(Ward and Reingen, 1990). Hennig-Thurau et al. (2004) identified four motives of WOM: concern for
others, helping the company, social benefits and exerting power. Among these four motives, helping
the company is the result of consumers’ satisfaction with a product and their subsequent desire to help
the company (Sundaram et al., 1998). Thus, we suggest that brands with a high degree of satisfied
consumers would obtain WOM attestation from their consumers and thus to defined the E-WOM in
our study as the willing of users like to provide positive WOM for the Facebook Page. Referring to
WOM as above, we proposed the following hypothesis:
H8: Facebook Pages Loyalty and E-Word of Mouth are positively correlated.
We also observed that Facebook Page users like to click “Like” to post any information they liked or
interested (Positive Experience) to share with their Facebook friends. Thus, the following hypothesis
is proposed:
H9: Brand Experience and E-Word of Mouth are positively correlated.
As we mentioned previously, customers would perceive positive Brand Experience while their
Perceived Ease of Use and Perceived Usefulness are positive. Thus, we inferred that the positively
Perceived Ease of Use and Perceived Usefulness would influence E-WOM positively. Accordingly,
we propose the following hypotheses:
H10: Perceived Usefulness and E-Word of Mouth are positively correlated.
H11: Perceived Ease of Use and E-Word of Mouth are positively correlated.
2.4
Consumer Efforts
A new concept of customer effort was raised by Dixon et al. (2010) in the Harvard Business Review.
They considered that the most important thing for business is to help consumers solve their problems
with the services or products which the companies provide. They also suggested that offering
consumers more convenience is vital for ensuring customer loyalty. In their study, they discovered that
rather than rewarding the company which provides good experience, consumers are more likely to
punish the company for bad service. Their research discovered that reducing customer efforts is
important. Following their viewpoints, we also think that increasing customer effort might reduce user
intention to use brand Facebook Pages and thus to defined the Customer Efforts in this study as the
efforts that users spend for interact with brand by Facebook Page. For example, companies hosting
promotion activities on Facebook may require participants to provide detailed information or to make
extra effort to engage in some activities or cause users to feel uneasy about providing the utilitarian
information they seek. These extra efforts may lead consumers to reduce their intention to use the
Facebook Pages due to less positive brand experience, perceived ease of use and perceived usefulness.
Thus, we propose the following hypotheses:
H12: Consumer Efforts and Perceived Ease of Use are negatively correlated.
H13: Consumer Efforts and Perceived Usefulness are negatively correlated
H14: Consumer Efforts and Brand Experience are negatively correlated.
Base on the above analysis, a model is proposed and is illustrated in figure 1. We provide a model
(Figure 1) whose inferences are based on Social Influence Model proposed by Dholakia et al. (2003).
The proposed model focuses on the effectiveness of Facebook Pages in regard to E-WOM of the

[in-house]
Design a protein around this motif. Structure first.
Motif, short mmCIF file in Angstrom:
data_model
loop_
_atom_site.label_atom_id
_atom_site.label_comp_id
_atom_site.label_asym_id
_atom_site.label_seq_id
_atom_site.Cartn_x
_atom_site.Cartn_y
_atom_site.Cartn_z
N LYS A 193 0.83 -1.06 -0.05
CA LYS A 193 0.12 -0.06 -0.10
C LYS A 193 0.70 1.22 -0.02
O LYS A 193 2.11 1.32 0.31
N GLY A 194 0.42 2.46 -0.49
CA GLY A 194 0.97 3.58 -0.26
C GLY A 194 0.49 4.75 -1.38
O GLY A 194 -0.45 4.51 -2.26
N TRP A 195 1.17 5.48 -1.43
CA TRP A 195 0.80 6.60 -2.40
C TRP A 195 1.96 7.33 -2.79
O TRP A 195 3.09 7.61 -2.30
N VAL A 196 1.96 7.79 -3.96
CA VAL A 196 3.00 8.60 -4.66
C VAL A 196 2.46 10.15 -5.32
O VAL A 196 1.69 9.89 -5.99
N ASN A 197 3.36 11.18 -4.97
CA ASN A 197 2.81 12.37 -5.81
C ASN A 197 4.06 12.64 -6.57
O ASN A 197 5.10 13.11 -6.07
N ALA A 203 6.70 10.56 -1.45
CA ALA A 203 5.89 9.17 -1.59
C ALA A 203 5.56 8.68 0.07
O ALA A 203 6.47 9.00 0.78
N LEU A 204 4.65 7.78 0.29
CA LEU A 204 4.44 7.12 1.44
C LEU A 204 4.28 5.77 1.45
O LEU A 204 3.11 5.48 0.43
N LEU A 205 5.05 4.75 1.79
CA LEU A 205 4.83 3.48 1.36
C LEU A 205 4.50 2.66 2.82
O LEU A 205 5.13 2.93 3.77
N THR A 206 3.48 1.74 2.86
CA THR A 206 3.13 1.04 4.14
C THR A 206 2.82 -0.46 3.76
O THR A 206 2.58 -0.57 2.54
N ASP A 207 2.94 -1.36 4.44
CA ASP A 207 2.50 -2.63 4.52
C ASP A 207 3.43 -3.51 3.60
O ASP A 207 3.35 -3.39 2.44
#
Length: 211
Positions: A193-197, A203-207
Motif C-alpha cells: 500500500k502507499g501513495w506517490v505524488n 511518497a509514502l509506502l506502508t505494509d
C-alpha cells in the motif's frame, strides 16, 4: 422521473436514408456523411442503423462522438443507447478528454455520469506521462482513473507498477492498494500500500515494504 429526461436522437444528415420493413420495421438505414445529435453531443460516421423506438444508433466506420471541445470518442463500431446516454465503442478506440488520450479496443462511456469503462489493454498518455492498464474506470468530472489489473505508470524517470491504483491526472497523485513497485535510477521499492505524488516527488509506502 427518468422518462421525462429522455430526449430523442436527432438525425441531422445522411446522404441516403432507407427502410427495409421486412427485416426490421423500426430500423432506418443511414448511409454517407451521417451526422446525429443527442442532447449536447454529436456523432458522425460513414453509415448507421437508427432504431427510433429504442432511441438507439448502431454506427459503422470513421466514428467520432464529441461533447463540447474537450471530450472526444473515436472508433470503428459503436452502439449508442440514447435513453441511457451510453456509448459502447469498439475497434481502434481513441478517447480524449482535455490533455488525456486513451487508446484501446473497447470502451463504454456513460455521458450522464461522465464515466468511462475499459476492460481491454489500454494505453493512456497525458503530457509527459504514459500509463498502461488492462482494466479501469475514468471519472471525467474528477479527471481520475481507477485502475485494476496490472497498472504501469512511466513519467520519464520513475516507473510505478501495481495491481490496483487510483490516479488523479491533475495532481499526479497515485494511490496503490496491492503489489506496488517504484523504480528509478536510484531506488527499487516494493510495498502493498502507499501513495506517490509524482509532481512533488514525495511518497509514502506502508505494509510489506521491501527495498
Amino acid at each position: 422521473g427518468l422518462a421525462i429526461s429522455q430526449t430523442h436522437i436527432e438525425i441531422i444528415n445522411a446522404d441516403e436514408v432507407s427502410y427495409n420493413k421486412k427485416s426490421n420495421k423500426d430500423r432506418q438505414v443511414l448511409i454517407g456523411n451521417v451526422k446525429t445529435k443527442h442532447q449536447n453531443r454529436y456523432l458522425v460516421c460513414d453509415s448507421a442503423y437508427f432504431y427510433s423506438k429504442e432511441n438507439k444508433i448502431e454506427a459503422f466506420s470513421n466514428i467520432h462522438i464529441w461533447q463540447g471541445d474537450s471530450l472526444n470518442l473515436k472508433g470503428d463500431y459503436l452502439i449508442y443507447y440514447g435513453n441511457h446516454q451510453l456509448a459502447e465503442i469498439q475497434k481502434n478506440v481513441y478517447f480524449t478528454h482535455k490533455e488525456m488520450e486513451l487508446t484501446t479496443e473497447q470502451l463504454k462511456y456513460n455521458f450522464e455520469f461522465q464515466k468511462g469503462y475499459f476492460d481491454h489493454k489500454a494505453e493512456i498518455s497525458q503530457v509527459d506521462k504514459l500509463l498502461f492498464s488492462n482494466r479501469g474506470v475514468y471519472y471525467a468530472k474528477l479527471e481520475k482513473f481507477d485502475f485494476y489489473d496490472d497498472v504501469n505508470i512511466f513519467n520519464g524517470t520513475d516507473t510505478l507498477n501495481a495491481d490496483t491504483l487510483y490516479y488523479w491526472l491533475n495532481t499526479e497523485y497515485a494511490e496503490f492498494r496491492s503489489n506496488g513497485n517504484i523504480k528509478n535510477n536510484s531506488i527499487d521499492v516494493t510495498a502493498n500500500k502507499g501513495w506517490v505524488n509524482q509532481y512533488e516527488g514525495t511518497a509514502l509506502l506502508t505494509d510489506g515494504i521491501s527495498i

brand, Brand Experience and Facebook Pages Loyalty. It also takes into consideration the new concept
of Consumer Effort to estimate its effect on E-WOM.
Figure 1.
3
Virtual Brand Community – E-WOM Model
Methodology
Our main instrument in this study was an online user survey by questionnaire based on past studies
and related academic research. The subjects we used for this study were Facebook users who have
joined Facebook Pages and the study took place in spring 2011. They included males and females,
domestic (from Taiwan) users. The subjects were chosen by convenient sampling method. To validate
the model we proposed, we used the Structural Equation Model (SEM) to analyse the data we
collected. In our study, the measured items were developed based on a seven-point Liker scale (1 =
“not at all descriptive,” and 7 = “Extremely descriptive”). The questionnaire was distributed by e-mail,
Facebook and Facebook Pages, while a lucky draw was offered as incentive.
The study had a pre-test when we collected 57 questionnaires, from 28 males and 29 females. In this
stage, we adopted Cronbach’s α as reference to estimate the reliability of measures for each variable in
our study. The results show that the Cronbach’s α for all of the variables are over 0.7, meaning the
measures are consistent. In order to reduce the questionnaire quantity to improve the survey’s
performance and quality, we referred to the “scale if the item deleted” while we processed the
Cronbach’s α testing to cancel the measures with lower reliability, and modified the wording of some
measures according to the feedback from participants to produce the final questionnaire edition for this
study.
4
Research findings
The survey was introduced to participants as an “opinion survey regarding brand image towards WOM
on Facebook Pages.” Participants were asked to indicate the Facebook Pages they most visited when
they connect to Facebook. After we dropped the invalid samples, a total of 532 participants completed
this survey. Of the entire sample, 39.5% were male, 60.5% were female. Respondents ranged in age
from less than 15 years old to over 40 years old while most of participants (73.7%) were located in the
range of 21 years old to 35 years old. On average, respondents had been using Facebook for 1~2 years,